- We lose people we love all the time. Sometimes they die, sometimes they move away, sometimes we grow apart, sometimes we don’t like each other anymore. It’s just how it is. We might miss them forever, but the good part is that we knew them, they were part of our lives for a while, and we don’t forget them. It sounds like cold-comfort but it isn’t. There’s a Brazilian Portuguese word for this emotion, Saudade. It means missing someone and feeling sad but, at the same time, being happy that you know them.
- Loneliness is a choice. My mother died of loneliness. She thought all the time about how my dad had died and she was alone. This blinded her to the love of her daughter, her sisters, and her friends. Maybe nothing could make up for losing my dad, but with 20+ years left on her personal horizon, it wasn’t a very useful world view. The presence of another person cannot fix our lives. See number 3. 😉
“Life is an overcoming,” said Nietzsche in Thus Spoke Zarathustra
I was sitting at one end of the sofa. My very crippled and messed up dad on the other. I was “dad” sitting. He was watching TV and occasionally suffering a leg spasm. I was in high school, going through my sophisticated phase and reading “forbidden” or questionable books. Nietzsche was questionable to my teacher, Miss Cohen for reasons that I think are now obvious. We talked about the book and in it, she explained, came Hitler’s idea of the ‘Übermensch’.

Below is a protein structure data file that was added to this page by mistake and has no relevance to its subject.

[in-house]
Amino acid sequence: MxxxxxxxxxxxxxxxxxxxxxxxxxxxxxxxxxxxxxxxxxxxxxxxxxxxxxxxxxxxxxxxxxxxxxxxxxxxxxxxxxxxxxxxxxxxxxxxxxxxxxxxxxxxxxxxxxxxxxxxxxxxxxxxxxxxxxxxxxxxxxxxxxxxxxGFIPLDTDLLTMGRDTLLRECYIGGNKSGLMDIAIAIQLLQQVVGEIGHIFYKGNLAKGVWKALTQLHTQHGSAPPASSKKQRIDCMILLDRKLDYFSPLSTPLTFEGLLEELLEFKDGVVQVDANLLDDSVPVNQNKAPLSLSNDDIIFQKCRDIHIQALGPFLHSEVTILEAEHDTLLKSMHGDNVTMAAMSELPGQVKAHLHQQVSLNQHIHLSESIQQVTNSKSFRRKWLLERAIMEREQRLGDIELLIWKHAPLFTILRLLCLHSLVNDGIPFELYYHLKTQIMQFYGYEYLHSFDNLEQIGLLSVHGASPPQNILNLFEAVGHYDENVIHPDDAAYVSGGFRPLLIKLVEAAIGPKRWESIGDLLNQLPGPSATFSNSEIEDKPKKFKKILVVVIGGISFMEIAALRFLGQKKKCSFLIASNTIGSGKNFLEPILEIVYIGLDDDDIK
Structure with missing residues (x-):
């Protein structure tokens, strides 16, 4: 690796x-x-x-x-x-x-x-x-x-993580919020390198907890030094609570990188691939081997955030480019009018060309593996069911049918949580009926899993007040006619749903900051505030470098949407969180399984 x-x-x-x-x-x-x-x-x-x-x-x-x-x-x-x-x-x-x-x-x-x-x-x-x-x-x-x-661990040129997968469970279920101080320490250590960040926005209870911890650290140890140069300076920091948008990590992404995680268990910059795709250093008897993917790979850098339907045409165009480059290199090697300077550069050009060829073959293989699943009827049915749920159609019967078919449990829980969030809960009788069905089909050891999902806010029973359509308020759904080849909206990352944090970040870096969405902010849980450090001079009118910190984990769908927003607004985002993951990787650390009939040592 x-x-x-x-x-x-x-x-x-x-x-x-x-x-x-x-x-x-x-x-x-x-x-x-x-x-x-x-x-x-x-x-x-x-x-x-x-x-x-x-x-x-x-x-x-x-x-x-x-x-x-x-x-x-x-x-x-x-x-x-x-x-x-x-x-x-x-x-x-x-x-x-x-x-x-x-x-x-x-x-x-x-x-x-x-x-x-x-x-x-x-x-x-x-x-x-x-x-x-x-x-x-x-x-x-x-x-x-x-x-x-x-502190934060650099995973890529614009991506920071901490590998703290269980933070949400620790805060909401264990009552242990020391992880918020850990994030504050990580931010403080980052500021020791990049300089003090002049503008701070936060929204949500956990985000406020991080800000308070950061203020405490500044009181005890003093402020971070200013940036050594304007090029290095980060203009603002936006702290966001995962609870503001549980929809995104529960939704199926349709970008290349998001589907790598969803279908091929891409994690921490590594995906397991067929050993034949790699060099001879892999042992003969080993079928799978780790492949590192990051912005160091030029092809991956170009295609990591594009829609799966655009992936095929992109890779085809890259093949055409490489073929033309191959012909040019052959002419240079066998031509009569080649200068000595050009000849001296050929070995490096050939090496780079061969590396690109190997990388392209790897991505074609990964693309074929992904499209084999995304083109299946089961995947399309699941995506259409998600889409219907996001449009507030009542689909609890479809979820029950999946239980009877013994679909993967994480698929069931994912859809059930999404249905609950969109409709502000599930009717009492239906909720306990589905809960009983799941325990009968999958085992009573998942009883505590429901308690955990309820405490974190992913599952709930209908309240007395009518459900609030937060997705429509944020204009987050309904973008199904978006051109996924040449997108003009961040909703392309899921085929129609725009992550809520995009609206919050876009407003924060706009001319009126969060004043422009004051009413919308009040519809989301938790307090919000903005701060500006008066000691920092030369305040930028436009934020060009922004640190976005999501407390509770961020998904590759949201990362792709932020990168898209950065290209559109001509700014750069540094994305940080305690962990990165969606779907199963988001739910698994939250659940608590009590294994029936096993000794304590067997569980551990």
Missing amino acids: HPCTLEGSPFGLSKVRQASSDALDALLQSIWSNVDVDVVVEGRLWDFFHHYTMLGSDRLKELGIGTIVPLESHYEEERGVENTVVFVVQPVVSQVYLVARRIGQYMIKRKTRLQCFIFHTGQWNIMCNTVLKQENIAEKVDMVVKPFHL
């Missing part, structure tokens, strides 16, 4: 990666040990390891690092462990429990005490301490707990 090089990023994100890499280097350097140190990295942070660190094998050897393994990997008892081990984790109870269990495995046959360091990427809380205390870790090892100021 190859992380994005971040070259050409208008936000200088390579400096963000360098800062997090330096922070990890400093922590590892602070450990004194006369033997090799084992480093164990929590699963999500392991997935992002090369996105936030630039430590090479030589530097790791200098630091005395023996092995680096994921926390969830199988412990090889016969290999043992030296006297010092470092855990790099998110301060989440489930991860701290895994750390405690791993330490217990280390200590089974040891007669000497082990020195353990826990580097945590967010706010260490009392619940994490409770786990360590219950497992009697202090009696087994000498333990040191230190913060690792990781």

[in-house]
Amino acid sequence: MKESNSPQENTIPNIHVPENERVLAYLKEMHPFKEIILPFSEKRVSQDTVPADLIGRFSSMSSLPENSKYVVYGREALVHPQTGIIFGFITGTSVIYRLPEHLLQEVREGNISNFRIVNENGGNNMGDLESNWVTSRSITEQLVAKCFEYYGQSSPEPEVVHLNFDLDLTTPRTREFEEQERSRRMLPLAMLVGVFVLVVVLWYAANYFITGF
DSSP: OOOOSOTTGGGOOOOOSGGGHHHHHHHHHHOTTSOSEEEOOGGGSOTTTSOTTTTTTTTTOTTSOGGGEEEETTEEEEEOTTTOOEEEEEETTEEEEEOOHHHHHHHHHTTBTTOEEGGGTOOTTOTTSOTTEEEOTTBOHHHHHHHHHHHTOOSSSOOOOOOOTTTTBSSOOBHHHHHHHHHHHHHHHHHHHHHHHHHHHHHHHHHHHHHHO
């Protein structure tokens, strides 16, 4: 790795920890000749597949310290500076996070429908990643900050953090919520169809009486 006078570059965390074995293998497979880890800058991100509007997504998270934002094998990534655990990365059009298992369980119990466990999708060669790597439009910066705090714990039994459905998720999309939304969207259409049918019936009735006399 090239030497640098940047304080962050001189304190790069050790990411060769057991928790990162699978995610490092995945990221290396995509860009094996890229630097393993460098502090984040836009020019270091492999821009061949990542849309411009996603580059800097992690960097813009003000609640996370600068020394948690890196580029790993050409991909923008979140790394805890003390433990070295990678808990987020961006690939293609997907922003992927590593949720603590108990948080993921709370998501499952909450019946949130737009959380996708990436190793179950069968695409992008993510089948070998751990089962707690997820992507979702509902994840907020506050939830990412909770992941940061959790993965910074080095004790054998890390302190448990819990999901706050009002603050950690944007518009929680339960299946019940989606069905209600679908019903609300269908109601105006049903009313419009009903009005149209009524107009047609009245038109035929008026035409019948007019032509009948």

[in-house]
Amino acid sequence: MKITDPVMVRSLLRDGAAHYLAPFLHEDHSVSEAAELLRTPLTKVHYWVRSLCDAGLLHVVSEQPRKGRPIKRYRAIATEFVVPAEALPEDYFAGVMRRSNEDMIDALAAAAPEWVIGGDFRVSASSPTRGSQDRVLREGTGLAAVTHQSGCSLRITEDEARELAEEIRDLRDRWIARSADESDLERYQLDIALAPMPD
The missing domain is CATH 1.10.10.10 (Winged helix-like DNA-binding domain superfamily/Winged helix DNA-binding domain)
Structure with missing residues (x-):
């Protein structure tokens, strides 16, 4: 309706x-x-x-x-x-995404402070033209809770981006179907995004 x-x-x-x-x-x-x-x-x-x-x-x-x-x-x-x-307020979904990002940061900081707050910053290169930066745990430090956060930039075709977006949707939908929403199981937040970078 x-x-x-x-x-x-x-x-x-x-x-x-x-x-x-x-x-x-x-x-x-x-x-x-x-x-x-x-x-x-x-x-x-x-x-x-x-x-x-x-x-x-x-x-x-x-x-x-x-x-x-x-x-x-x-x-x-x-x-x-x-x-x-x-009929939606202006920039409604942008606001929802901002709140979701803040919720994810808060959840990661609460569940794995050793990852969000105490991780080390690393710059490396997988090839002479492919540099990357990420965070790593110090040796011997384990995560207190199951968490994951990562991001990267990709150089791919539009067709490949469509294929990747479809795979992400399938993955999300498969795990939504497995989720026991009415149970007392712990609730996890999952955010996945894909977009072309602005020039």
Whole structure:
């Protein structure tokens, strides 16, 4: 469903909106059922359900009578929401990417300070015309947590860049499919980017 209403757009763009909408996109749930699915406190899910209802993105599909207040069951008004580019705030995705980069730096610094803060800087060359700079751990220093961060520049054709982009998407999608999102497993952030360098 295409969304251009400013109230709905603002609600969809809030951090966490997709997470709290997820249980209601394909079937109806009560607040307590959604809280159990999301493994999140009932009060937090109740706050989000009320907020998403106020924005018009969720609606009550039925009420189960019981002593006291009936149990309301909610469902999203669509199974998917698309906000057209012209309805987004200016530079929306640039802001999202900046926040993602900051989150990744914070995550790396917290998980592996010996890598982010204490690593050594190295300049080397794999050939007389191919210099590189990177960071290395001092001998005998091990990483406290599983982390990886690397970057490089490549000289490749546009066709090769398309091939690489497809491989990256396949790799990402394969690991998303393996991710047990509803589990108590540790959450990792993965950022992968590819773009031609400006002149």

That isn’t what I found at all.
From the first chapter, it’s clear that he has a different view of things, a human centered view. One of the first things he says as he prepares to walk down to the village from the mountain is directed at the sun, “Oh great star, what would you be if not for those for whom you shine?”
And down he comes.
Still no “Übermensch.” I found all kinds of ordinary, simple people and a half-mad oracle. I got the impression that the oracle was a little out of his mind, still, he brought a message of stoicism and hope to the village people (YMCA!) who were struggling with misery and darkness that was, in Zarathustra’s mind, mainly in their heads.
“You tell me your lives are hard to bear, but if it were otherwise, how would you have your pride in the morning and your resignation in the afternoon?”